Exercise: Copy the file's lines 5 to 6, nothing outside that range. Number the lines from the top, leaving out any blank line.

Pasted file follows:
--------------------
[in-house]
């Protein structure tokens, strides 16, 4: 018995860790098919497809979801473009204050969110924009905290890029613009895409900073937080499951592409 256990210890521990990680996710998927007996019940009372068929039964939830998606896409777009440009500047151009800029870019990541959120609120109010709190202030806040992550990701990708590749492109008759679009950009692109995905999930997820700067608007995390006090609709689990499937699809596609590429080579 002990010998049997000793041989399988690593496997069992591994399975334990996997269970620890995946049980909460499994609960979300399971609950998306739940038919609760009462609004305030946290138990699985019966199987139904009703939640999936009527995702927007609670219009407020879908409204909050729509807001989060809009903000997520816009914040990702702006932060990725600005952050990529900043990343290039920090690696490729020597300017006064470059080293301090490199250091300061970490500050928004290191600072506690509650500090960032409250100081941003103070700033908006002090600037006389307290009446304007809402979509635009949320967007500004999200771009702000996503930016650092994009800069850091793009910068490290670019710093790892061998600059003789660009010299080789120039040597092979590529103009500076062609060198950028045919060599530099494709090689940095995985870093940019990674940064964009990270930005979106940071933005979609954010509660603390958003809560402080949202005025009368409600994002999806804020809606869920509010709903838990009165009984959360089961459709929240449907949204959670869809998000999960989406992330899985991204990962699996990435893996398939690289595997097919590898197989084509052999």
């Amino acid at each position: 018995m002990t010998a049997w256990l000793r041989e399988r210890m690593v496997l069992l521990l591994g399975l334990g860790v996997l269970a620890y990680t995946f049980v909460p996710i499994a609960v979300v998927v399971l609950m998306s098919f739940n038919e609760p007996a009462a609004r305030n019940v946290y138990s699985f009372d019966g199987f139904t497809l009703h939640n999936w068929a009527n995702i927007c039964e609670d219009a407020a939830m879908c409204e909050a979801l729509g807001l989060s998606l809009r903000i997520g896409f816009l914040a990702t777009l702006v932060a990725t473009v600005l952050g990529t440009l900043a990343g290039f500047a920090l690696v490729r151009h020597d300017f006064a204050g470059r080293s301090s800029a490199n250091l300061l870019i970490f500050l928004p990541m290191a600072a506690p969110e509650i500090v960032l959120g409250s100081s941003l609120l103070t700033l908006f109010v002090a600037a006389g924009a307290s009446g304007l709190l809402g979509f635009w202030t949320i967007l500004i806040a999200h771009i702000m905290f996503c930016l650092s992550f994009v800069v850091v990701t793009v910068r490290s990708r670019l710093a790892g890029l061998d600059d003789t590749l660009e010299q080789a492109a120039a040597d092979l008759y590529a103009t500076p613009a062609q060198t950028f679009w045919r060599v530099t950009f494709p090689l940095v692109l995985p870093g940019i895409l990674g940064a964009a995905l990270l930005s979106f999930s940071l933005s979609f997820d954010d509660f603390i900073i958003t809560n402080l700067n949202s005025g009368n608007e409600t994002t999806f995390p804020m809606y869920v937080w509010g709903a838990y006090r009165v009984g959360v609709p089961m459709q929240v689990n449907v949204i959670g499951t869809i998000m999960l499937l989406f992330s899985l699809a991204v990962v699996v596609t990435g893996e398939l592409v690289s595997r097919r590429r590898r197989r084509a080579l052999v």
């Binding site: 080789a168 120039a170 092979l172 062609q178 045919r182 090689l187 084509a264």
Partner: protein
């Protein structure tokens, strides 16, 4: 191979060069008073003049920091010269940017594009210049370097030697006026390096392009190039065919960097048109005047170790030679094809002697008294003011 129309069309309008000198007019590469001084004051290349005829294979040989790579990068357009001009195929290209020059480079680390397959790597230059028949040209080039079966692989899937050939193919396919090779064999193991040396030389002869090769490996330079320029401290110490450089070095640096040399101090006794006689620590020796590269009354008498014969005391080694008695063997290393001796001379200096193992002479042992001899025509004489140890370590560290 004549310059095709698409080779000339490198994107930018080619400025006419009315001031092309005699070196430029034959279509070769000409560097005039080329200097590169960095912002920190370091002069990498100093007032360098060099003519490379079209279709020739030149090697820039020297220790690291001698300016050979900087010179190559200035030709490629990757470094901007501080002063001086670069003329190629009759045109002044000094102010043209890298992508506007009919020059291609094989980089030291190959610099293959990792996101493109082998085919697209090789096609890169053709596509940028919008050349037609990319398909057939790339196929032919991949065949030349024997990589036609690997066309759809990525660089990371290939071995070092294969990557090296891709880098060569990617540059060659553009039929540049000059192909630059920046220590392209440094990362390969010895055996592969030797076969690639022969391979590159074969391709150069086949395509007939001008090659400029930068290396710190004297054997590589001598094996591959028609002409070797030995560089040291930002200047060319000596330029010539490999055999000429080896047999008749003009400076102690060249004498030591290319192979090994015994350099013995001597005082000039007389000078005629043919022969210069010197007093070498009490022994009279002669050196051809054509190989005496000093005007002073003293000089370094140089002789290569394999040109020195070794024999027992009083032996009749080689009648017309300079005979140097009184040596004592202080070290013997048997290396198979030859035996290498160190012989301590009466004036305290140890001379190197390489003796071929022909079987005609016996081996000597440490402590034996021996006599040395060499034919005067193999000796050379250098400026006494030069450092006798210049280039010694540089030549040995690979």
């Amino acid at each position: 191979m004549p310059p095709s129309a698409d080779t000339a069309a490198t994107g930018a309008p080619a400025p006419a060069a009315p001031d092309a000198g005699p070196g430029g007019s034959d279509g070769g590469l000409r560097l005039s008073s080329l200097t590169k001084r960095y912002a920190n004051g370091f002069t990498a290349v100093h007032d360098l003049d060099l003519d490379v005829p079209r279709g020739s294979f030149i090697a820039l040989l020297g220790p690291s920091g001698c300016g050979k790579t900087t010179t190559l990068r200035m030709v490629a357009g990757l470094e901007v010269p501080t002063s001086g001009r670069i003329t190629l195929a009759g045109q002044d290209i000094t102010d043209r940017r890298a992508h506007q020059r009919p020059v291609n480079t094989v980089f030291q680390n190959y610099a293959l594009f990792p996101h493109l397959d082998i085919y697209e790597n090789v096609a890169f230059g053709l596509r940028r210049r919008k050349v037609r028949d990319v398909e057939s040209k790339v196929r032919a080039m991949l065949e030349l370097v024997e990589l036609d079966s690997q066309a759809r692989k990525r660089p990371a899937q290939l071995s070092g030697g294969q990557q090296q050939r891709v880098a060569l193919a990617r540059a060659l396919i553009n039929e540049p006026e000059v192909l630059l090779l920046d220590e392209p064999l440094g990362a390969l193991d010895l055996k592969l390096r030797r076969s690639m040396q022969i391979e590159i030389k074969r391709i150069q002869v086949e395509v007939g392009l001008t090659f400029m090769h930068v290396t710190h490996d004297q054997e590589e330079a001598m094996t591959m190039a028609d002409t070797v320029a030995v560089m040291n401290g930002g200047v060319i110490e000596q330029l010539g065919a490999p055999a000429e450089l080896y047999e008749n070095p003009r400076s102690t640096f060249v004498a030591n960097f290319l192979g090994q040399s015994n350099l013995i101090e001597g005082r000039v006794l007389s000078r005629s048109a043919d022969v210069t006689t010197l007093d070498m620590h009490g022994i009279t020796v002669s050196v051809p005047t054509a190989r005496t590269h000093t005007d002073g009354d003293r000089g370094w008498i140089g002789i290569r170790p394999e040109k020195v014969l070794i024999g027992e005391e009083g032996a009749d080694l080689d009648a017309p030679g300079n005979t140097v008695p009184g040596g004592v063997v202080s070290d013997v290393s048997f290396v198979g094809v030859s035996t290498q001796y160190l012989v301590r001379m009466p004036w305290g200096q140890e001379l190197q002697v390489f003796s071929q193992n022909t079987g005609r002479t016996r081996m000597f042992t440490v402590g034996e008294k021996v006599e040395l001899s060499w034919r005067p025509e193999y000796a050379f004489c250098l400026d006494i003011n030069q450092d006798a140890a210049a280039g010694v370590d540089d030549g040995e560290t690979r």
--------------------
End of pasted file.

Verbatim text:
Partner: protein
């Protein structure tokens, strides 16, 4: 191979060069008073003049920091010269940017594009210049370097030697006026390096392009190039065919960097048109005047170790030679094809002697008294003011 129309069309309008000198007019590469001084004051290349005829294979040989790579990068357009001009195929290209020059480079680390397959790597230059028949040209080039079966692989899937050939193919396919090779064999193991040396030389002869090769490996330079320029401290110490450089070095640096040399101090006794006689620590020796590269009354008498014969005391080694008695063997290393001796001379200096193992002479042992001899025509004489140890370590560290 004549310059095709698409080779000339490198994107930018080619400025006419009315001031092309005699070196430029034959279509070769000409560097005039080329200097590169960095912002920190370091002069990498100093007032360098060099003519490379079209279709020739030149090697820039020297220790690291001698300016050979900087010179190559200035030709490629990757470094901007501080002063001086670069003329190629009759045109002044000094102010043209890298992508506007009919020059291609094989980089030291190959610099293959990792996101493109082998085919697209090789096609890169053709596509940028919008050349037609990319398909057939790339196929032919991949065949030349024997990589036609690997066309759809990525660089990371290939071995070092294969990557090296891709880098060569990617540059060659553009039929540049000059192909630059920046220590392209440094990362390969010895055996592969030797076969690639022969391979590159074969391709150069086949395509007939001008090659400029930068290396710190004297054997590589001598094996591959028609002409070797030995560089040291930002200047060319000596330029010539490999055999000429080896047999008749003009400076102690060249004498030591290319192979090994015994350099013995001597005082000039007389000078005629043919022969210069010197007093070498009490022994009279002669050196051809054509190989005496000093005007002073003293000089370094140089002789290569394999040109020195070794024999027992009083032996009749080689009648017309300079005979140097009184040596004592202080070290013997048997290396198979030859035996290498160190012989301590009466004036305290140890001379190197390489003796071929022909079987005609016996081996000597440490402590034996021996006599040395060499034919005067193999000796050379250098400026006494030069450092006798210049280039010694540089030549040995690979």